At present, ultrasound examinations are performed at clinics and hospitals using a probe connected to a large, cumbersome and expensive ultrasound device. The results of the scan are collected by a computer and are interpreted by a radiologist, who sends the diagnosis to the patient’s doctor. This process might take several days, which could be critical in some cases.


Dramatically changing the nature of ultrasound

The Technion‘s new system dramatically changes the nature of ultrasound examinations.  First, with the new algorithm developed at the lab, the data can be reduced at the initial scanning stage, so that it can be uploaded to a cloud without harming image quality and without loss of data on the way. Second, the smaller probe eliminates the need for the large ultrasound devices currently used at most clinics.

Dr. Shai Tejman-Yarden, a cardiologist at Israel’s Sheba Medical Center, explains that in the case of injuries, for example, the system “will provide doctors who are not at the scene with information in real time, enabling them to instruct the paramedic at the scene,” he said in a statement. “This development will also enable remote treatment for patients in developing countries, under the guidance of Israeli doctors.”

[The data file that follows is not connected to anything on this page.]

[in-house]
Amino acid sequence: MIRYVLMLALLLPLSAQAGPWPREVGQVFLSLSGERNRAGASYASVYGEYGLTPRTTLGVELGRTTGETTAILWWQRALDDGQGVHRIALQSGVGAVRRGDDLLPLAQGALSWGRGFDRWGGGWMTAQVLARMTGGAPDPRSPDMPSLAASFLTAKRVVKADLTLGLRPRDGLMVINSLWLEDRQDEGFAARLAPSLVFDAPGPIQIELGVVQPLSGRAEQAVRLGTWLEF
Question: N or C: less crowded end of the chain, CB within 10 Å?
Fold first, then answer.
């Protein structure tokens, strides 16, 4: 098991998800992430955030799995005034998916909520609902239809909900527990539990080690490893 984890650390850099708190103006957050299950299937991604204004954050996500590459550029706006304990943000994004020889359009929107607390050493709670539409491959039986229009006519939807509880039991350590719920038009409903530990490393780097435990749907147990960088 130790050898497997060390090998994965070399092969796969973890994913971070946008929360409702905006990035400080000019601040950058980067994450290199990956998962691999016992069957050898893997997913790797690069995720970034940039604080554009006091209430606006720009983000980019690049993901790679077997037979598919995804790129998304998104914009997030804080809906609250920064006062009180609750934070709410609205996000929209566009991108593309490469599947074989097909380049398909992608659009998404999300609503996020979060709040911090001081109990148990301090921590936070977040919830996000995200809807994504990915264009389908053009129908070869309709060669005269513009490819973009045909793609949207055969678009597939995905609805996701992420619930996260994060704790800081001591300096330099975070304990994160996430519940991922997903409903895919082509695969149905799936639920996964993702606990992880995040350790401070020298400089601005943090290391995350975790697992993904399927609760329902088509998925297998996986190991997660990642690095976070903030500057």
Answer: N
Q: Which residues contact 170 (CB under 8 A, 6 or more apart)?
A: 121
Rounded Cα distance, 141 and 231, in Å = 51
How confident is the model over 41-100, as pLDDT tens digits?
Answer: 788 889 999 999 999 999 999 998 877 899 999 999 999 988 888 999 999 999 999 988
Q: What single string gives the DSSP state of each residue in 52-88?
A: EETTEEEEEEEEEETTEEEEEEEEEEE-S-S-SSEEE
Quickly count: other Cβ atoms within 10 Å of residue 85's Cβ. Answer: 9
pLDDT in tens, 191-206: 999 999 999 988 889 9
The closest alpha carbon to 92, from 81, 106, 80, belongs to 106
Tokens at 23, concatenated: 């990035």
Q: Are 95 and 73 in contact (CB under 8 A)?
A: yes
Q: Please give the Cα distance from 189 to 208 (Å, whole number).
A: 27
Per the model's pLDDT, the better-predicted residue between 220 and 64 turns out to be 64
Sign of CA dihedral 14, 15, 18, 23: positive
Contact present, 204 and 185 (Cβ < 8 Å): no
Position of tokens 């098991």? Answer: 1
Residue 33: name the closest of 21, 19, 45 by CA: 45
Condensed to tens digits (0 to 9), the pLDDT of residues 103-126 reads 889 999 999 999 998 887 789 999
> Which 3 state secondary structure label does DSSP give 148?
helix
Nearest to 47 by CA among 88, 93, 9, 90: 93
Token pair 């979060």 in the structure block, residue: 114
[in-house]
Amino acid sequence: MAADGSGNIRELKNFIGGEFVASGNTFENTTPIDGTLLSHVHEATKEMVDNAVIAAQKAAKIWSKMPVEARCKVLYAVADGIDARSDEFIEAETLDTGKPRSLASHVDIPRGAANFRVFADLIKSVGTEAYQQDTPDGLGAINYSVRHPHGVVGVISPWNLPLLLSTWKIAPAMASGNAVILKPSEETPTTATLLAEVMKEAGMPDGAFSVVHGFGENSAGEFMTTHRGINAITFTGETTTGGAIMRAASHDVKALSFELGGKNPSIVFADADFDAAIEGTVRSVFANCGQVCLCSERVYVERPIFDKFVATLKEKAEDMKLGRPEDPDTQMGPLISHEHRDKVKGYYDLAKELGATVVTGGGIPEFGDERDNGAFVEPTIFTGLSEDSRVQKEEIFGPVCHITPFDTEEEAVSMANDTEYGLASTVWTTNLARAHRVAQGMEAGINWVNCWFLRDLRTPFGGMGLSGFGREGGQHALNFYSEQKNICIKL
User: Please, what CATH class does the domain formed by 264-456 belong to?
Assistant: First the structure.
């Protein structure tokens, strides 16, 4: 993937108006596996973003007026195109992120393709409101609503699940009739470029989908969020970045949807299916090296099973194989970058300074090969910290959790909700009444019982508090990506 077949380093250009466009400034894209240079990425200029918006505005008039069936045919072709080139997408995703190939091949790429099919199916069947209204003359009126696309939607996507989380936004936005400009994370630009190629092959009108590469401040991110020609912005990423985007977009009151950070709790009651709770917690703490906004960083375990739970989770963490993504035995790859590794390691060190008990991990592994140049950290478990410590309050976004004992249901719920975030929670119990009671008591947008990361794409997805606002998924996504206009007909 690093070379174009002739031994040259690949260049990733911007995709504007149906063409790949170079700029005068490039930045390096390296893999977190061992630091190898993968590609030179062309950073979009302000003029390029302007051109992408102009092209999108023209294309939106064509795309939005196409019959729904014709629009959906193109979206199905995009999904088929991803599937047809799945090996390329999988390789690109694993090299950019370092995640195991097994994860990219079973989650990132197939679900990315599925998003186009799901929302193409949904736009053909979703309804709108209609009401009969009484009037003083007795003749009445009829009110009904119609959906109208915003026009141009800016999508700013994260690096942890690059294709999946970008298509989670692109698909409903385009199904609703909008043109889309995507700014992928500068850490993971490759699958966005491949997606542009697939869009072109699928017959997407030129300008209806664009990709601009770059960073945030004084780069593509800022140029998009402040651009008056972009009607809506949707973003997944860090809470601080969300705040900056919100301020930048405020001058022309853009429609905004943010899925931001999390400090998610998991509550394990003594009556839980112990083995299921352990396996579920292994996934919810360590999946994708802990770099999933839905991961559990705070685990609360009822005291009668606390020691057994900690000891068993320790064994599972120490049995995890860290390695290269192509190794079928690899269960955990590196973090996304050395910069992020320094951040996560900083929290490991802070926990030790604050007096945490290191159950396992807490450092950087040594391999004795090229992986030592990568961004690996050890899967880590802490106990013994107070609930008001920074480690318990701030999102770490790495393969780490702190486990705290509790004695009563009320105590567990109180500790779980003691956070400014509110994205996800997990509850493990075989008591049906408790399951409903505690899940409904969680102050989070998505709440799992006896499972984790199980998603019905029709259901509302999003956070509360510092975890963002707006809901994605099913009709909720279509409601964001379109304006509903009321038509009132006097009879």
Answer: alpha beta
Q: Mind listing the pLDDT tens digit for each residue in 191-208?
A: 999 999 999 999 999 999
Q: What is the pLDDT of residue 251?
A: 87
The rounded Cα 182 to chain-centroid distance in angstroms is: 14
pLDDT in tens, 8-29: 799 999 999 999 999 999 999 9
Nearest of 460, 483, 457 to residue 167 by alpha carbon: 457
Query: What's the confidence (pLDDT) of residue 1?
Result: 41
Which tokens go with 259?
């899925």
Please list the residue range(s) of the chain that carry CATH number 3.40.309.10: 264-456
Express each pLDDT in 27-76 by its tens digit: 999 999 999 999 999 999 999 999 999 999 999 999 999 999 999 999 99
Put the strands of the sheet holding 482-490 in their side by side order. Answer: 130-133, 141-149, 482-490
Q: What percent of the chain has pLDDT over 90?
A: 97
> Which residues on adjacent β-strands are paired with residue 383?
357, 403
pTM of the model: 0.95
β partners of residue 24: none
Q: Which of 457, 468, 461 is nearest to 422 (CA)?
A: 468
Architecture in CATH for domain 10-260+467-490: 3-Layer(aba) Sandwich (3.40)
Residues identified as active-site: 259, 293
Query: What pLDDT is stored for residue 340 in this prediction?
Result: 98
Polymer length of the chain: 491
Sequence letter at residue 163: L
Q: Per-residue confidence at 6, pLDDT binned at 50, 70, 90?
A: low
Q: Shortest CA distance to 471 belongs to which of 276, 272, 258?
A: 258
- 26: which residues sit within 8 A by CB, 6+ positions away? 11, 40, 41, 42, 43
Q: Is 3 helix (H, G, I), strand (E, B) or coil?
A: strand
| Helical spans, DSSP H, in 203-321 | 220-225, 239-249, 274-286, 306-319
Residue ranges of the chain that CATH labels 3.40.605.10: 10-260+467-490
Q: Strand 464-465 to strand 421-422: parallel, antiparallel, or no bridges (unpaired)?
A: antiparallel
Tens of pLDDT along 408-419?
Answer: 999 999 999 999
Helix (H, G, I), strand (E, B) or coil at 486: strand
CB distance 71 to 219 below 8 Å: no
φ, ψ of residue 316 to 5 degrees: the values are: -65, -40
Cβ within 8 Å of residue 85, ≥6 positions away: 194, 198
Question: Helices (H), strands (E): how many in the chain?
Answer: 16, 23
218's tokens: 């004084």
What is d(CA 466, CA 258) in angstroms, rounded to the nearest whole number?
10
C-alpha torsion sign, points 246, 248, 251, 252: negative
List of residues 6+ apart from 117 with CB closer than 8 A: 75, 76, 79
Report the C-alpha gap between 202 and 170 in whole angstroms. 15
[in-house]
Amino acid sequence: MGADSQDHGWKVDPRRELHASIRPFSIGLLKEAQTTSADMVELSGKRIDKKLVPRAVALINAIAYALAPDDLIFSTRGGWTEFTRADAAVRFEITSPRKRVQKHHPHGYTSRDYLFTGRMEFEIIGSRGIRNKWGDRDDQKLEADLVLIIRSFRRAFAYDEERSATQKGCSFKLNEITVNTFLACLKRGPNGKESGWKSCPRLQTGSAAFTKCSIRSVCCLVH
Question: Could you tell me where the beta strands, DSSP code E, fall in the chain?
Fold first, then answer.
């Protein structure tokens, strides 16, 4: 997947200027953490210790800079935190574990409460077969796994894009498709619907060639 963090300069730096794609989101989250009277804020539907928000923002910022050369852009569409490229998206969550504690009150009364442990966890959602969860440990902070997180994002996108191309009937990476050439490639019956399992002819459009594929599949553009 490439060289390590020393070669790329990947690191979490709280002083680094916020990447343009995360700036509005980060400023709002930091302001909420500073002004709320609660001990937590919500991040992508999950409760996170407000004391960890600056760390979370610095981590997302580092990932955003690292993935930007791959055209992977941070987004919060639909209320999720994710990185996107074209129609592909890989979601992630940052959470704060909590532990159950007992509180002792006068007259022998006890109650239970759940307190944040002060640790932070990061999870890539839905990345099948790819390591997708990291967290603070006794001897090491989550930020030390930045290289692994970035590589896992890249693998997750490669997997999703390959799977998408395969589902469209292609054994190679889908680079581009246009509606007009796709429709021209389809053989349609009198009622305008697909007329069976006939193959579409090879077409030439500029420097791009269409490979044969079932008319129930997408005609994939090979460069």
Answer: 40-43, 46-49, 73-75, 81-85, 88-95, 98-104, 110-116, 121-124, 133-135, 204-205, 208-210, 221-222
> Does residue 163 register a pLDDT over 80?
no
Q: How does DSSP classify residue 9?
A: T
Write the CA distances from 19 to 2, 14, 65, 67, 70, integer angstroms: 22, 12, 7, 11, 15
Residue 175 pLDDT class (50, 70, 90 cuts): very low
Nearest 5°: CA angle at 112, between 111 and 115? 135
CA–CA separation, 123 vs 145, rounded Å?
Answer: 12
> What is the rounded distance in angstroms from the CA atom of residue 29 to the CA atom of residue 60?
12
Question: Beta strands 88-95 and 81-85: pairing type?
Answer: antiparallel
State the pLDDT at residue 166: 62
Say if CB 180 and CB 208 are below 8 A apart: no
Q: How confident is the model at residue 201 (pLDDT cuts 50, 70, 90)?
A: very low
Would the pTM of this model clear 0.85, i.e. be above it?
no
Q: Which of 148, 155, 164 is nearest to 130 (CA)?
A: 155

Photos: Philips Ultrasound, Greater Niagara Medical Imaging

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Intelligent Socks Paired With Smartphones Can Save Diabetics’ Feet Tue, 09 Feb 2016 12:26:13 +0000

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Roughly 130 million diabetics around the globe suffer from diabetic neuropathy, a type of nerve damage associated with the development of foot ulcers in patients with diabetes. Resulting from anatomical deformation, excessive pressure and poor blood supply, it often damages nerves in patients’ legs and feet.

SEE ALSO: Israelis, Palestinians Join Forces To Explore Local Flowers To Combat Cancer, Diabetes